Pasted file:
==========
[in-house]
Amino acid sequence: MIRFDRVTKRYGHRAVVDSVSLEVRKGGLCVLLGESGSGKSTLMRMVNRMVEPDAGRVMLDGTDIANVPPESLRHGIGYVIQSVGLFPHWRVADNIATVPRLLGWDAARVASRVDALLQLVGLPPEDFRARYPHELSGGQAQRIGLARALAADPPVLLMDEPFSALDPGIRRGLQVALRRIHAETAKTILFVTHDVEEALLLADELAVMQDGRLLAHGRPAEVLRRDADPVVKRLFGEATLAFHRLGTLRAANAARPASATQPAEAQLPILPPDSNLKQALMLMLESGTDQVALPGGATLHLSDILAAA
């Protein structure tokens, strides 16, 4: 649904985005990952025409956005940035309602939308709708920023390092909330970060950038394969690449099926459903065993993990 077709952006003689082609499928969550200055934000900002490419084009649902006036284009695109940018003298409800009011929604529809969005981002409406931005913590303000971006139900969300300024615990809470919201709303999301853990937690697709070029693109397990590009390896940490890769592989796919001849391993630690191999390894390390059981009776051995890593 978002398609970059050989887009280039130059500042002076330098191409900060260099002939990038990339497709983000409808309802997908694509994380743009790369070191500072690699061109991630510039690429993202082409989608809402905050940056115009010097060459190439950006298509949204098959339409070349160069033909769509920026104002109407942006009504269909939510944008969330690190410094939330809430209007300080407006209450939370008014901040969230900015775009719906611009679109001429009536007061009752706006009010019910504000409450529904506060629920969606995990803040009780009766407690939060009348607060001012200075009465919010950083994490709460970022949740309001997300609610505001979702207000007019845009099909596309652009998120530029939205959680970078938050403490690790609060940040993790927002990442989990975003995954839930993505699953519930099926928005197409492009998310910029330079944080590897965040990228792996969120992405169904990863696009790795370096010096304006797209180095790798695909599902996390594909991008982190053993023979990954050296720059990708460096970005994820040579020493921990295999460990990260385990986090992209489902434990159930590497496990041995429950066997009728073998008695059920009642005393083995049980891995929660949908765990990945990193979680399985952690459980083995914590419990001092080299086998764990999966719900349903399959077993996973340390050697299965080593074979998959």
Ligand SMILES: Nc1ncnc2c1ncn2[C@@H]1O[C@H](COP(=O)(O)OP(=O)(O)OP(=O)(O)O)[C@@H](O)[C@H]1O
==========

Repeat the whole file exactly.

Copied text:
[in-house]
Amino acid sequence: MIRFDRVTKRYGHRAVVDSVSLEVRKGGLCVLLGESGSGKSTLMRMVNRMVEPDAGRVMLDGTDIANVPPESLRHGIGYVIQSVGLFPHWRVADNIATVPRLLGWDAARVASRVDALLQLVGLPPEDFRARYPHELSGGQAQRIGLARALAADPPVLLMDEPFSALDPGIRRGLQVALRRIHAETAKTILFVTHDVEEALLLADELAVMQDGRLLAHGRPAEVLRRDADPVVKRLFGEATLAFHRLGTLRAANAARPASATQPAEAQLPILPPDSNLKQALMLMLESGTDQVALPGGATLHLSDILAAA
């Protein structure tokens, strides 16, 4: 649904985005990952025409956005940035309602939308709708920023390092909330970060950038394969690449099926459903065993993990 077709952006003689082609499928969550200055934000900002490419084009649902006036284009695109940018003298409800009011929604529809969005981002409406931005913590303000971006139900969300300024615990809470919201709303999301853990937690697709070029693109397990590009390896940490890769592989796919001849391993630690191999390894390390059981009776051995890593 978002398609970059050989887009280039130059500042002076330098191409900060260099002939990038990339497709983000409808309802997908694509994380743009790369070191500072690699061109991630510039690429993202082409989608809402905050940056115009010097060459190439950006298509949204098959339409070349160069033909769509920026104002109407942006009504269909939510944008969330690190410094939330809430209007300080407006209450939370008014901040969230900015775009719906611009679109001429009536007061009752706006009010019910504000409450529904506060629920969606995990803040009780009766407690939060009348607060001012200075009465919010950083994490709460970022949740309001997300609610505001979702207000007019845009099909596309652009998120530029939205959680970078938050403490690790609060940040993790927002990442989990975003995954839930993505699953519930099926928005197409492009998310910029330079944080590897965040990228792996969120992405169904990863696009790795370096010096304006797209180095790798695909599902996390594909991008982190053993023979990954050296720059990708460096970005994820040579020493921990295999460990990260385990986090992209489902434990159930590497496990041995429950066997009728073998008695059920009642005393083995049980891995929660949908765990990945990193979680399985952690459980083995914590419990001092080299086998764990999966719900349903399959077993996973340390050697299965080593074979998959």
Ligand SMILES: Nc1ncnc2c1ncn2[C@@H]1O[C@H](COP(=O)(O)OP(=O)(O)OP(=O)(O)O)[C@@H](O)[C@H]1O